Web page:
By Michael Arndt
As we ring in the new year, almost all of us begin the process of making New Year’s resolutions. There are standard ones like getting back into shape, quitting smoking, budgeting better, spending less time on social media, etc, and, as most of us have experienced, these resolutions generally have a lifespan of about a month. Not because we lack gumption or willpower, but generally because we lack clarity and we are unrealistic.
In order to set attainable goals for ourselves, we must first be very clear about what it is we want. Setting the goal of ‘getting back in shape’ for example, is not very clear, there is no ‘how’ behind it, but setting the goal of going to the gym 5x a week for an hour is much more clear, it explains how you are going to start working towards your goal. There is structure there in the form of a schedule that you have set for yourself. This goal is therefore more attainable.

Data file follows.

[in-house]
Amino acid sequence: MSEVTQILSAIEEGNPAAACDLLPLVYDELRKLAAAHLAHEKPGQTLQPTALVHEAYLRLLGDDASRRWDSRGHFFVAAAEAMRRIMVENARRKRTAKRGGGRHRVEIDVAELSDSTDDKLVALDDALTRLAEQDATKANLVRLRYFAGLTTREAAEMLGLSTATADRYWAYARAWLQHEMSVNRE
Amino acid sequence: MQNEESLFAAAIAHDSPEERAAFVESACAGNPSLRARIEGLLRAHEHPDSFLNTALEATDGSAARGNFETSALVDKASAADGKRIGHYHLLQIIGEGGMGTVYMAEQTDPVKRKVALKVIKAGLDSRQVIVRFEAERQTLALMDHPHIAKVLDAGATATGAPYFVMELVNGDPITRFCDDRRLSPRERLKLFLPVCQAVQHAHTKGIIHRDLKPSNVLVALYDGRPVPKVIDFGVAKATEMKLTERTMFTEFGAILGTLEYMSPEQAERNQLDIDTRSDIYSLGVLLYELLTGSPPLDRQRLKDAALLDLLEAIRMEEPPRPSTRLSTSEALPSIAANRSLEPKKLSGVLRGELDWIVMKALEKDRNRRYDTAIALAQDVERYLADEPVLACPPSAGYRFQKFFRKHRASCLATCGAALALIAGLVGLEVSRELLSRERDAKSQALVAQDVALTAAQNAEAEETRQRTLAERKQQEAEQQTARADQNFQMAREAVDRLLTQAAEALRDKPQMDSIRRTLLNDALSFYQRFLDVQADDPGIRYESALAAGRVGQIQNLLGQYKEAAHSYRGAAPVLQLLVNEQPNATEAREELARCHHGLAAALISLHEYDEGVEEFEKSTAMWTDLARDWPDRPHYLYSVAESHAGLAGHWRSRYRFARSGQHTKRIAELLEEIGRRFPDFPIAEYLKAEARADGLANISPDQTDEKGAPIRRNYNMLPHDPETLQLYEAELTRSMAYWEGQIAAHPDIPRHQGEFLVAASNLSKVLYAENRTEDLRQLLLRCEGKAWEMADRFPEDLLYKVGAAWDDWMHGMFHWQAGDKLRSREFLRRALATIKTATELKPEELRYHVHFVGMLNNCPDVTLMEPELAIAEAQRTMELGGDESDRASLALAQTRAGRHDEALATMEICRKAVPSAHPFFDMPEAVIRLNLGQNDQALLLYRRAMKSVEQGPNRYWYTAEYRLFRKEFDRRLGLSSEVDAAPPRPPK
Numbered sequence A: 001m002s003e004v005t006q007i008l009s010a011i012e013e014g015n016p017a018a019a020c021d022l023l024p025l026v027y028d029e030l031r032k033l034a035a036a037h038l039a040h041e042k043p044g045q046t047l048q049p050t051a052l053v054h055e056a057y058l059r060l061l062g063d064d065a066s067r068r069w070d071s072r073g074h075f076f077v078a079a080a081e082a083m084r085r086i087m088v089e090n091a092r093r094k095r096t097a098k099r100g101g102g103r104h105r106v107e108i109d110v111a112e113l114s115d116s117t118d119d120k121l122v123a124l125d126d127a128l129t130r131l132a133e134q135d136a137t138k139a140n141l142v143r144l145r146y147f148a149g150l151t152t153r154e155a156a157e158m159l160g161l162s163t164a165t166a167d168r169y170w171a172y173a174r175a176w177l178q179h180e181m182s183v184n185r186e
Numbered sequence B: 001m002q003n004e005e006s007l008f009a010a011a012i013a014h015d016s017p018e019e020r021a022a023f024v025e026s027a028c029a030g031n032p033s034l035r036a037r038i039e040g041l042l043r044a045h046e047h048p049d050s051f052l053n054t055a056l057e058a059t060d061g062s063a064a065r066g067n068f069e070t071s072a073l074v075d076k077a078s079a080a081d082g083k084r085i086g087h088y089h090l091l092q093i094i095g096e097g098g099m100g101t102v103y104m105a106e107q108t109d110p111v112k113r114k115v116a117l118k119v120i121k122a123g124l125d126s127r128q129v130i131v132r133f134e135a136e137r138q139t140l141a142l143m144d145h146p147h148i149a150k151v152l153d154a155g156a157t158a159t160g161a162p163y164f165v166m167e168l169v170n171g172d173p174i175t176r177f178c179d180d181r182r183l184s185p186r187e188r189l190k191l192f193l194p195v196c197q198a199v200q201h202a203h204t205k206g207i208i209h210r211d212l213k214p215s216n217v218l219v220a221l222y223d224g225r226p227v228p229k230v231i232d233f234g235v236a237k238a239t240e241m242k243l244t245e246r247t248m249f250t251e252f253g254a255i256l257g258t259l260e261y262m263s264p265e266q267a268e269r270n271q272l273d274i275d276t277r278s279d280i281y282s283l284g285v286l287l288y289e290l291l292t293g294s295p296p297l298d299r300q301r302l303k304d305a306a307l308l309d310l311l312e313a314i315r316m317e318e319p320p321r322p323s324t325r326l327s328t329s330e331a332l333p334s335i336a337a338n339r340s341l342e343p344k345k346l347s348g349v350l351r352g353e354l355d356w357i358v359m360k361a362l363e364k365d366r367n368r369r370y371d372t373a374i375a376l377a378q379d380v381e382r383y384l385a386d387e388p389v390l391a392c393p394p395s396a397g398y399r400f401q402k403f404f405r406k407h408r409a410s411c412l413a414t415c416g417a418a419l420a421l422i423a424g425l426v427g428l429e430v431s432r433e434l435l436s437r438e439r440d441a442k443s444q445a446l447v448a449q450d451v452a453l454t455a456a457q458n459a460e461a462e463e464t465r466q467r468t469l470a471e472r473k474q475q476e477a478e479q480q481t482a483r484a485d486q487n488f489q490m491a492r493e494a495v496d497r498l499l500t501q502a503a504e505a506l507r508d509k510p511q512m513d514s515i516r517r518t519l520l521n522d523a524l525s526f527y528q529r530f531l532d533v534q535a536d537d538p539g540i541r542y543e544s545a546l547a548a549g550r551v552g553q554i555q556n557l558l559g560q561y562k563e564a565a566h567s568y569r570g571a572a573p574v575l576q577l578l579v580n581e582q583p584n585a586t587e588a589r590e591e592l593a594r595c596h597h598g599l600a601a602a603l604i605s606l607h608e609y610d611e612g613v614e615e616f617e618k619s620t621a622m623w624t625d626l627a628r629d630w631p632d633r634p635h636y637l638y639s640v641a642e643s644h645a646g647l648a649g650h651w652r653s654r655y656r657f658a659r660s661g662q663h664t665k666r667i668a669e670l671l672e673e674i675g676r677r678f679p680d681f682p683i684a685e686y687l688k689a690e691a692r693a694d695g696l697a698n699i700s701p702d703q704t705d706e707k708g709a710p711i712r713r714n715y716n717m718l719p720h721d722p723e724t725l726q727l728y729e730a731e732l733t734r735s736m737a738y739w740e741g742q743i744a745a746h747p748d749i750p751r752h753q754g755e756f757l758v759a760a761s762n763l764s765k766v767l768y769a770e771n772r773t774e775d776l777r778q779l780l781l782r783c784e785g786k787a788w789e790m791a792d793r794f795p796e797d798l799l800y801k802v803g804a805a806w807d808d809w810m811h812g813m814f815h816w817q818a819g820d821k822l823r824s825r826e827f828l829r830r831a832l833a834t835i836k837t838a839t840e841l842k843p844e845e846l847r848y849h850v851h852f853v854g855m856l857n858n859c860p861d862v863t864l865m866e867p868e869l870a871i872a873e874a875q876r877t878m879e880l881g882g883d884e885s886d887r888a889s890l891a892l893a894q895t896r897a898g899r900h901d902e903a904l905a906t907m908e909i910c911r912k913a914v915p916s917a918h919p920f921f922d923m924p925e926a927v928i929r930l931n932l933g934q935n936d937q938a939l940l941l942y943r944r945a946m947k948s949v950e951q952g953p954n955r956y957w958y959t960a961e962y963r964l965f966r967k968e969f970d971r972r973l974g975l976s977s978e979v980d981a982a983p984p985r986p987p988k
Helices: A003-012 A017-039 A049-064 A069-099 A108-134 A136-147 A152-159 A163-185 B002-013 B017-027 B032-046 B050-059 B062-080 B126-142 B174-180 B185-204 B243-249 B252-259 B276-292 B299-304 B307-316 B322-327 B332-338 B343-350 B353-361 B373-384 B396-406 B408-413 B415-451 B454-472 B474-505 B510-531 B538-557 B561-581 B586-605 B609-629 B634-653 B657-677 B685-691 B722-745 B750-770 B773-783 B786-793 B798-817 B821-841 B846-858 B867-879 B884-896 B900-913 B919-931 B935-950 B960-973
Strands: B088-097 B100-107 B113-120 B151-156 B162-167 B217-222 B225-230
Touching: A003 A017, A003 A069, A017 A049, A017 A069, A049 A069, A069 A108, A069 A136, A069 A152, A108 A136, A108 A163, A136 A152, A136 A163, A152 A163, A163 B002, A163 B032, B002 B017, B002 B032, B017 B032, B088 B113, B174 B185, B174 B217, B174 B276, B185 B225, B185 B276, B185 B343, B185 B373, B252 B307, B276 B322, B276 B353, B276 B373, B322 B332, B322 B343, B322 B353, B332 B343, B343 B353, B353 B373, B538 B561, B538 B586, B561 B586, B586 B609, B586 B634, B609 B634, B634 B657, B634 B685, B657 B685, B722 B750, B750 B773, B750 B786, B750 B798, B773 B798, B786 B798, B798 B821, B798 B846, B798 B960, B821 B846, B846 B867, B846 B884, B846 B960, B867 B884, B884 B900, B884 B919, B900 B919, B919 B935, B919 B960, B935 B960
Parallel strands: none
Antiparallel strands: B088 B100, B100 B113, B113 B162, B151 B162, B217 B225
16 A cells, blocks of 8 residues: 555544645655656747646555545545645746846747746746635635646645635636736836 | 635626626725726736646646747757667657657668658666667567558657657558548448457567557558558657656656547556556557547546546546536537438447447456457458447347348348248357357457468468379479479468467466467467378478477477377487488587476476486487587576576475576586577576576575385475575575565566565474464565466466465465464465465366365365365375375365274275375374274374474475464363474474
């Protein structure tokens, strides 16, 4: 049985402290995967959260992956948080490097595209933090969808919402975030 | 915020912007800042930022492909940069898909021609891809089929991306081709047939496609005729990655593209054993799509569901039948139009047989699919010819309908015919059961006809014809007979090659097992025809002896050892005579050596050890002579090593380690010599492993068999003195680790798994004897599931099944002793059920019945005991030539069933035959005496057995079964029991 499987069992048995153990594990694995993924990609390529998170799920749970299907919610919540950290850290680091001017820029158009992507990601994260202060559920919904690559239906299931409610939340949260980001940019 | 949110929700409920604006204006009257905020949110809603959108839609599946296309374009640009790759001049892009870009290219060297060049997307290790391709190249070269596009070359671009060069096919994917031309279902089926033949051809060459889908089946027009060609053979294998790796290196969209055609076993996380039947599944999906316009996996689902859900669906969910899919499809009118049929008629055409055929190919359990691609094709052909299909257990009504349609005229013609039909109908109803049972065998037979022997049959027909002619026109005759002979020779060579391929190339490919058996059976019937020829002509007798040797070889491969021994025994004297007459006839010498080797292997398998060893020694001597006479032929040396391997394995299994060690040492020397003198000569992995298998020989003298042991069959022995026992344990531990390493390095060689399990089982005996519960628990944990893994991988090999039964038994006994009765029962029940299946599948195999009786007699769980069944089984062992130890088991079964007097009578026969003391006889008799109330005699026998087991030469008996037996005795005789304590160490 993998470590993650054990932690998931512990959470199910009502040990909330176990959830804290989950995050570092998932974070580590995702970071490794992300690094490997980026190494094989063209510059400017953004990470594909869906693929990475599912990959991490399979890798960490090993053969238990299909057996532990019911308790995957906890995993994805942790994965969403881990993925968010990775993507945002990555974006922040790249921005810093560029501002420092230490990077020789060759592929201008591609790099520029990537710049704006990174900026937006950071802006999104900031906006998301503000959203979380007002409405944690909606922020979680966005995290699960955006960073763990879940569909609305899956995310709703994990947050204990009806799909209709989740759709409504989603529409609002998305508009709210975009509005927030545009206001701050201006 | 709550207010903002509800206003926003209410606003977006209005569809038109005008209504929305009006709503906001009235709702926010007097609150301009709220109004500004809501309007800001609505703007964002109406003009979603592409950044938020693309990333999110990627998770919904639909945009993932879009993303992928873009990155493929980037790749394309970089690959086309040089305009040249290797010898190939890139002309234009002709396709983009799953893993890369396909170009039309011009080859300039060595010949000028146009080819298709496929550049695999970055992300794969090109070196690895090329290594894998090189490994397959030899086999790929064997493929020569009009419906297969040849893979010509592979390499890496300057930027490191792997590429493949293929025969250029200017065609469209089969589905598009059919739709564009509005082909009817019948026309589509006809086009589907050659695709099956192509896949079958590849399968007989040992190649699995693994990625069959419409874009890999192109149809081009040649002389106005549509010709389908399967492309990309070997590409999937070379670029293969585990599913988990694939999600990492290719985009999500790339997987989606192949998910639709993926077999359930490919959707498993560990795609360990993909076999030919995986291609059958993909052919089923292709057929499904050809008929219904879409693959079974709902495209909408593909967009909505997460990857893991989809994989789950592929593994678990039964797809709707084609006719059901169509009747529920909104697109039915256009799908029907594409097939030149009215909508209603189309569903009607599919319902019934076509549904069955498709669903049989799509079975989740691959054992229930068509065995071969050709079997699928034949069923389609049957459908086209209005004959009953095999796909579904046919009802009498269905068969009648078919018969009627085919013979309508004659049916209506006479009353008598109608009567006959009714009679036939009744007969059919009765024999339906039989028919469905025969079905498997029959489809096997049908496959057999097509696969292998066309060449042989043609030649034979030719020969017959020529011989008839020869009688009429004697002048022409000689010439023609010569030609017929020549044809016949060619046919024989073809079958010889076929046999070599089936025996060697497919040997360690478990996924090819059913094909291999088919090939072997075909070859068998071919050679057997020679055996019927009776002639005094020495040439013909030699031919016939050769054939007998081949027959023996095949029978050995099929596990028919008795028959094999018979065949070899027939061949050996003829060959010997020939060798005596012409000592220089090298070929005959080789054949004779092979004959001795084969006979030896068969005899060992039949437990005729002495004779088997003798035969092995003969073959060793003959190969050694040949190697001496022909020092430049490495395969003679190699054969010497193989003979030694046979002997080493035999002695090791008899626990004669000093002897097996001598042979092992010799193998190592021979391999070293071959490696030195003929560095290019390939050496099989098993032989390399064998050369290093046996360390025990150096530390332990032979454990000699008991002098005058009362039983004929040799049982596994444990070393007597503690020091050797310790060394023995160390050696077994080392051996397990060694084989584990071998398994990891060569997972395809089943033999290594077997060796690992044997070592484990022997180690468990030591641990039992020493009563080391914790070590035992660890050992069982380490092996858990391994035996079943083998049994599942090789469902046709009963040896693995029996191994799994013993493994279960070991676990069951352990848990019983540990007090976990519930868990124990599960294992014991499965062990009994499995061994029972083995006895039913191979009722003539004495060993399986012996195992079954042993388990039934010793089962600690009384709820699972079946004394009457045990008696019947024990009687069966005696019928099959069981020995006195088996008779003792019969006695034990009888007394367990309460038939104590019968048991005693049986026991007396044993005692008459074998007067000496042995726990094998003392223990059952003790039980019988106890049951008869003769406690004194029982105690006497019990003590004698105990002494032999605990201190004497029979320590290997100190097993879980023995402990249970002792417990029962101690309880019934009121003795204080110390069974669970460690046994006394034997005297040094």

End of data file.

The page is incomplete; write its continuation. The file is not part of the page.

For the sake of argument however, let’s say you have this same goal of going to the gym 5x a week for an hour but you also work 60 hours a week and haven’t worked out in years. This goal then would be unrealistic for you. There is nothing wrong with starting small. It would be more realistic for you to go to the gym 2x a week and just do cardio and some basic exercises. You can then build on your success after a few weeks. Slow and steady wins the race.
The same can be said of our goals for the most important aspect of our lives: our relationship with ourselves. Are we determined to be more compassionate with ourselves? To truly know ourselves? To accept all the parts of ourselves? When we cultivate an inner-life of love and integrity, we begin to reflect this onto our relationships not only with the people in our lives, but with how we perceive the world and life itself. When we practice this, we begin to build a life that makes reaching our goals much easier and much more worthwhile.